In September 1885 the QT wrote about Marburg: “The township is progressing. The School of Arts is completed and already lectures have been delivered in it. The new Court House, Police Station and Diversional Board’s Office occupy a splendid site not far from the School of Arts”.


“GRAND opening of the Marburg School of Arts – a banquet, a ball, grand illuminations, fireworks and a brass band. Costs 1000 pounds central hall holds 1000 people. Two side wings – one library and the other a reading room. Two leading firms donated books and various breweries forwarded casks and cases of beer”. The opening was performed by the Hon. The Chief of Justice Sir Charles Lilley, who stood at the portals with all the elite of Marburg gathered around him. Mr Thomas Lorimer Smith was the main contractor of the School of Arts which could seat 1000 people. The most surprising issue was the electric lighting which was supplied from the house of Mr Smith about a mile away from the School of Arts. The current was brought into the hall along a single wire and the return current was carried through a wire into a hole outside the hall, where the soil was very damp, and thus completed the circuit. Later that month in 1885 the following quote appeared in the QT:” Electricians had worked day and night preparing the apparatus for the efficient illumination of the building and the streets by electric light, and 60 incandescent lamps were used”. It was later reported that Marburg was the only place outside Brisbane where electric light was used. The School of Arts was used for all different purposes. Plays were regularly performed. Balls were well attended, and the Agricultural Show started in the School of Arts. The main area was used, at some stage, as a skating rink and many local clubs and organisations held their meetings at the School of Arts.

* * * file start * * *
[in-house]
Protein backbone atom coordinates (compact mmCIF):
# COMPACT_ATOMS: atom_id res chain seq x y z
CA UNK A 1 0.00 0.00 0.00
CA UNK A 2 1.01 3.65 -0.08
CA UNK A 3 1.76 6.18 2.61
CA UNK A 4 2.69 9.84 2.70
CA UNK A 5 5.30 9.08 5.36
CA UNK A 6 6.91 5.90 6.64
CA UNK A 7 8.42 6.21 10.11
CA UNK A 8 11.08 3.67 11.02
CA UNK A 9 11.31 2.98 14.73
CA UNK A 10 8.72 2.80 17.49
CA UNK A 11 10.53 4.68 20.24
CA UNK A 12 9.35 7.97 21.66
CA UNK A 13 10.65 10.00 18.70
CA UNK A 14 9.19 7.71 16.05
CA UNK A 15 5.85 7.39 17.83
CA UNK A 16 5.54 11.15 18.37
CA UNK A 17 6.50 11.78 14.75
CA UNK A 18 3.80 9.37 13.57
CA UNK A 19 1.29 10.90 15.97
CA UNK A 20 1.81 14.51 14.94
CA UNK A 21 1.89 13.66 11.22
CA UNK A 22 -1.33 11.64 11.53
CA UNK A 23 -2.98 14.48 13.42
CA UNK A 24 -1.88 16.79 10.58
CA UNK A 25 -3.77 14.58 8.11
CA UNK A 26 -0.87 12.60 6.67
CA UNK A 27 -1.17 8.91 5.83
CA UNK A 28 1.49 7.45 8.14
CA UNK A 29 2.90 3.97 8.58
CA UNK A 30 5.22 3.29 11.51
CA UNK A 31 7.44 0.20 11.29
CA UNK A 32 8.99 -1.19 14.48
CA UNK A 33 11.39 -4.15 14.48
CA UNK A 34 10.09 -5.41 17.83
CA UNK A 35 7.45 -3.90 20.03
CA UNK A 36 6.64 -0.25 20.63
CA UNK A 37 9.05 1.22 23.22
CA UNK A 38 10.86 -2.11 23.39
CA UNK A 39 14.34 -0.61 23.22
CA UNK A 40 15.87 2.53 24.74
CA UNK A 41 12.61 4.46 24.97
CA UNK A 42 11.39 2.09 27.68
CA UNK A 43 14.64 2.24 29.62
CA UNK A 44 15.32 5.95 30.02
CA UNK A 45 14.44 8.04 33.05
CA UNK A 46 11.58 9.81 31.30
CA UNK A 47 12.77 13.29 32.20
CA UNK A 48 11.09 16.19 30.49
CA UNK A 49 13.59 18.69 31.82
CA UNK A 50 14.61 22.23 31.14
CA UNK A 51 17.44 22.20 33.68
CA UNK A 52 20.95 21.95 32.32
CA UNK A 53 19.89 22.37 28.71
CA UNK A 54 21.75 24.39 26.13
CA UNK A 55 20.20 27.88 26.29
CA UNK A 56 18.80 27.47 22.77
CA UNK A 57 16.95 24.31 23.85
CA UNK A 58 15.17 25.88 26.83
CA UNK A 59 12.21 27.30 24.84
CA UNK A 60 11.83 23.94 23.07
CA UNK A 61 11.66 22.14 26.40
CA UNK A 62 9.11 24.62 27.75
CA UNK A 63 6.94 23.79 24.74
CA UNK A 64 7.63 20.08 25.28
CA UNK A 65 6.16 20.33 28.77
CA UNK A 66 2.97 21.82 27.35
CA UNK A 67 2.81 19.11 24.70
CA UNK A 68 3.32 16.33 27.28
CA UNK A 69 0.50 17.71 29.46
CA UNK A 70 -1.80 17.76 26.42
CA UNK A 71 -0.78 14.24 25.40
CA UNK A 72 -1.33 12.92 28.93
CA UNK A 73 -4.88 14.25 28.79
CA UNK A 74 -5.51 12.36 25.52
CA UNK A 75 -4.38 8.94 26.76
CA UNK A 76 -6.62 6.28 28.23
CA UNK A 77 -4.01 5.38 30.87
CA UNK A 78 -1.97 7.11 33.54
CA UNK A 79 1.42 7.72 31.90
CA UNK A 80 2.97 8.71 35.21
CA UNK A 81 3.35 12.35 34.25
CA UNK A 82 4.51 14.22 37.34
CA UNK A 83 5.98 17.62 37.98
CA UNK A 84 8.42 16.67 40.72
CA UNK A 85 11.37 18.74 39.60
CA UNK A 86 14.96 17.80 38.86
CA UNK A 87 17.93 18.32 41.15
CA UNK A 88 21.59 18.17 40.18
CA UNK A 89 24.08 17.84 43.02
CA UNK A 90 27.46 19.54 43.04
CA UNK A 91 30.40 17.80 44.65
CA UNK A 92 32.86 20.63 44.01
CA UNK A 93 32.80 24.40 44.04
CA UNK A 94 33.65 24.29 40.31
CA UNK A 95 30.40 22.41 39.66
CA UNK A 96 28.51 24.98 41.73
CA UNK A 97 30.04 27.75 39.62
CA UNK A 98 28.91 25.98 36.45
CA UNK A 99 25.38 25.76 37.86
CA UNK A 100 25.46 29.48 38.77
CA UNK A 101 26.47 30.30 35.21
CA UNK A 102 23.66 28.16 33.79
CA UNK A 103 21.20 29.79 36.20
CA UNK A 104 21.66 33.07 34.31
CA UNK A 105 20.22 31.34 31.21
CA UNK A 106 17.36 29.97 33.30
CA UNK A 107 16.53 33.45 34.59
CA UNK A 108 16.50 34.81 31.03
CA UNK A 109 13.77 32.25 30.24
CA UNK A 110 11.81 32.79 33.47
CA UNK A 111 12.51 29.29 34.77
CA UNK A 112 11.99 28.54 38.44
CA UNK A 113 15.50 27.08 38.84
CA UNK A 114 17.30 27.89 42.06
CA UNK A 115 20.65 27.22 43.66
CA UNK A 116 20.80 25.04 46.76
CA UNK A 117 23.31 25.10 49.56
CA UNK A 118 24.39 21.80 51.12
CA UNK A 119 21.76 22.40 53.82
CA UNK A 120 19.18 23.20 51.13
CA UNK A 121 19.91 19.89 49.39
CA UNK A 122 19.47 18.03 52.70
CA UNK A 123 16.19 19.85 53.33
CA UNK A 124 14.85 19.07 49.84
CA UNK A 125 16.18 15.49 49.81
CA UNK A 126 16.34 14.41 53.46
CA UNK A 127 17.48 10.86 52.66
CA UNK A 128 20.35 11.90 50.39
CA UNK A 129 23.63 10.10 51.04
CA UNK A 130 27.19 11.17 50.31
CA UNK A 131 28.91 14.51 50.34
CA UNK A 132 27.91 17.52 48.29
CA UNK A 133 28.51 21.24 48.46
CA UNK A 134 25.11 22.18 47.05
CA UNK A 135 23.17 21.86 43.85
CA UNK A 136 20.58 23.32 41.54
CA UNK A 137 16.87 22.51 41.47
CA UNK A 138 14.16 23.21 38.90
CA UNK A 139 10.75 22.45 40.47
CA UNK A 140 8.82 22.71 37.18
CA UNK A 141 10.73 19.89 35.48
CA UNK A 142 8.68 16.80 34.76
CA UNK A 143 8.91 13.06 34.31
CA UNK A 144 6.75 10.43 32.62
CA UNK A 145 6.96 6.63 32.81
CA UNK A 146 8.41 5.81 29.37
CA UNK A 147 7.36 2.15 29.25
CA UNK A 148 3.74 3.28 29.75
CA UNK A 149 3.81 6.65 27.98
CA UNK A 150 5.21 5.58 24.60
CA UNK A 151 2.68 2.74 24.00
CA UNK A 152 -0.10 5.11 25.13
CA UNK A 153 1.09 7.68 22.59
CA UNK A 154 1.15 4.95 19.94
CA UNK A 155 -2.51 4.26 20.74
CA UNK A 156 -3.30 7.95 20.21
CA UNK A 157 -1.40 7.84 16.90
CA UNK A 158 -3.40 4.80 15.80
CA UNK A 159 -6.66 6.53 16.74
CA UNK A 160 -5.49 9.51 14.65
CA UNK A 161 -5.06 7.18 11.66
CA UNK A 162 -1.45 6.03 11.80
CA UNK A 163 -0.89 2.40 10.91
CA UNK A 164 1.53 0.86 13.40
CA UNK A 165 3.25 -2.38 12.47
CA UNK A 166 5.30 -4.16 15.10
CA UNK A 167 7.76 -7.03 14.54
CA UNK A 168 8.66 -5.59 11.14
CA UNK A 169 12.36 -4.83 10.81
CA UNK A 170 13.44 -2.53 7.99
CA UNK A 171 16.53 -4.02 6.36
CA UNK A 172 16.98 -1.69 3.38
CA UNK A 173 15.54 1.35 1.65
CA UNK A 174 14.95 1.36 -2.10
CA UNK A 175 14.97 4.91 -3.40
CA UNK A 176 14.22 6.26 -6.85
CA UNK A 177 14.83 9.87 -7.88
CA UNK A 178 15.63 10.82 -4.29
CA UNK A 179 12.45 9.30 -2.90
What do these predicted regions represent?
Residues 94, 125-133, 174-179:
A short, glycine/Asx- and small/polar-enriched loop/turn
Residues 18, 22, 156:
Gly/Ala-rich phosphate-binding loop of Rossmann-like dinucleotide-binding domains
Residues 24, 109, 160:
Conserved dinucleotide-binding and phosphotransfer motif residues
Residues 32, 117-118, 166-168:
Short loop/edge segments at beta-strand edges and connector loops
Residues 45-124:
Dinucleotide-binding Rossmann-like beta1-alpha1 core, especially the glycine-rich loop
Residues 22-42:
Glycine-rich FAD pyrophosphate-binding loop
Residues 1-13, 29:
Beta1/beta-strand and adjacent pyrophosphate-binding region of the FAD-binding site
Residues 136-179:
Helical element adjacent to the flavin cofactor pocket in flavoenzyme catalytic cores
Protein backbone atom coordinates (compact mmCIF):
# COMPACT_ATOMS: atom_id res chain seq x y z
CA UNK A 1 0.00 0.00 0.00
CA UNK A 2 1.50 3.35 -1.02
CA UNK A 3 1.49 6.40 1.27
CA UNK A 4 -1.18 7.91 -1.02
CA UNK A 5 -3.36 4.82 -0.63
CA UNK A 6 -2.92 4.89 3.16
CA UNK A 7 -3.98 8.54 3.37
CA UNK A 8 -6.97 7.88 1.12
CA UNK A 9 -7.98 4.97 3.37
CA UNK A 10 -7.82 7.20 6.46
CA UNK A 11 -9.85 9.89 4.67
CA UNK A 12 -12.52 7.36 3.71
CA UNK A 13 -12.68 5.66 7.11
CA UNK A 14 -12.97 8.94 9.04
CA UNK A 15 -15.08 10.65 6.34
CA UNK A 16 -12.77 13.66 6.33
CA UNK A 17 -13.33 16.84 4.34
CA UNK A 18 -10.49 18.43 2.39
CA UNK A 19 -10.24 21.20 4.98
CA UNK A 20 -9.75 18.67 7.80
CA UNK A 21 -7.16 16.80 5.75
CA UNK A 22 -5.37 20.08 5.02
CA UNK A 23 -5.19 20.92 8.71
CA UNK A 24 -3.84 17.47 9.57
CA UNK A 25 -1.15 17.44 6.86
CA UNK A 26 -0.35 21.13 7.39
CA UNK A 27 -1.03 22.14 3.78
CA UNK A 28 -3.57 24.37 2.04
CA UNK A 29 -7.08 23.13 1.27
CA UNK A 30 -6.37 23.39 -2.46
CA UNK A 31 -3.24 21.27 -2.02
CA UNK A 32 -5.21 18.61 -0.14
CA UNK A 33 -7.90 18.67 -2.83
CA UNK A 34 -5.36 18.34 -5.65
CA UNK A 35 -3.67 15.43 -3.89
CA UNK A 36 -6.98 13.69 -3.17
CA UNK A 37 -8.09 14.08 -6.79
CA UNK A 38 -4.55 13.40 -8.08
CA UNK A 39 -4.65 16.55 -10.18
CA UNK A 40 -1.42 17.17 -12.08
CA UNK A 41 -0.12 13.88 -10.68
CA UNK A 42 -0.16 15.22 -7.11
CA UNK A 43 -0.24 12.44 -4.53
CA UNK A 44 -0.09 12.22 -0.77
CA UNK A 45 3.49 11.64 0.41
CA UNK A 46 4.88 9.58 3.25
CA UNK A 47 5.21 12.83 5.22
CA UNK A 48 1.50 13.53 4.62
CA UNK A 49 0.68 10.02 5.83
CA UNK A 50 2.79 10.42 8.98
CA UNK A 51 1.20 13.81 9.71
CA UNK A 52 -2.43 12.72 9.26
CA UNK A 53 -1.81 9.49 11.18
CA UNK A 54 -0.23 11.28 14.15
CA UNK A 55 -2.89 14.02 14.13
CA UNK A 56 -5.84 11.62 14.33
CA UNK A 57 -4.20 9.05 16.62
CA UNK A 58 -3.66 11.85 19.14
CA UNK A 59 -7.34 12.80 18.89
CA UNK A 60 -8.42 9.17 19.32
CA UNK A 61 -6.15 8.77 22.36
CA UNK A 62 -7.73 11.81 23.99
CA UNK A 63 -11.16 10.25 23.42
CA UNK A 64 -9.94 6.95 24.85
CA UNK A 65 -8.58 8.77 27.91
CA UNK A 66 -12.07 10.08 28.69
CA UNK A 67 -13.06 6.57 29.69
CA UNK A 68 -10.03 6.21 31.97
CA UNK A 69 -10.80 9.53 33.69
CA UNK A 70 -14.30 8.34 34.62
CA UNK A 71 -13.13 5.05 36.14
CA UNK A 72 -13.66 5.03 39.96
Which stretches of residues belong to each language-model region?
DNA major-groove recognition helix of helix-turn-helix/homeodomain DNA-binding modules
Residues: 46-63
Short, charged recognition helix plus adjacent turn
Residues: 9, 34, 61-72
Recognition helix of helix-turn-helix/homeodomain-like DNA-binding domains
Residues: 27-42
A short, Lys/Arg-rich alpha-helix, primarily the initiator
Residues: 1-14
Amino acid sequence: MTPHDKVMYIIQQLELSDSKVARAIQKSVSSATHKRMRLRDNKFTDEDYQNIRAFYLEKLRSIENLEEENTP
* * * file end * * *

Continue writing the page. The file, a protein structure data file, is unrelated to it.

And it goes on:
It has been a mystery for the Society for a while as well as for many people in Marburg what eventually happened to the School of Arts, as suddenly, the building seemed to have gone. Someone whose family had lived in Marburg at the start of the 20th century and owned a Boot Repair Business as well as a mixed business in which they sold cakes, lollies, fruit and the like, was able to spread some light on the mystery. One of the sons wrote his life story down at the age of 98. In his story he mentioned that the School of Arts was sold to a Mr Pysden of Ipswich who took it apart and moved it to Southport where he built 4 small houses from the saved materials. Unfortunately, there was no date mentioned when this happened. Coincidental, the story goes in Marburg that the Royal George Hotel, a two-story hotel across from the School of Arts, also was demolished and the timber used for four small houses. Again no exact date is known. That the School of Arts was an important building is made clear through all the different events that took place during its existence from 1885 when it first opened till the end of 1913. In 1914 many articles appear in newspapers in which the site of a new School of Arts is discussed, or that sufficient funds were not yet available to pay for the fee for instance for the survey of land granted for a School of Arts in Marburg.



In the Queensland Times of 22 May 1914 it was mentioned: “Proposed School of Arts. Not very long ago there was much ado with regard to a School of Arts for Marburg. Just now, the matter seems to be in abeyance. The Marburg branch of the Queensland Farmers’ Union have some information regarding an area of land on which to erect the building, and on the subject of a subsidy. A School of Arts is certainly wanted, and the sooner some of our leading residents form a committee, the sooner will a School of Arts become an accomplished fact”. The next mystery is to find out the exact reason for the removal of the School of Arts. The rumour is that several of those members who owned the building became financially vulnerable and could not continue to finance the running of the hall. The ladies were known to decorate the hall appropriate to the event. Great comments on the catering of events were often mentioned in the feedback of events in the papers.

Many thanks to Susanne Ruijs from the Rosewood Scrub Historical Society for collecting this info.

The official re-opening of the re-imagined ‘Marburg School of Arts’ will be happening this Saturday 7th September at 9am at Woodlands of Marburg, 174 Seminary Road Marburg Queensland. The re-opening will be officiated by the Hon. Jim Madden MP State Member for Ipswich West.


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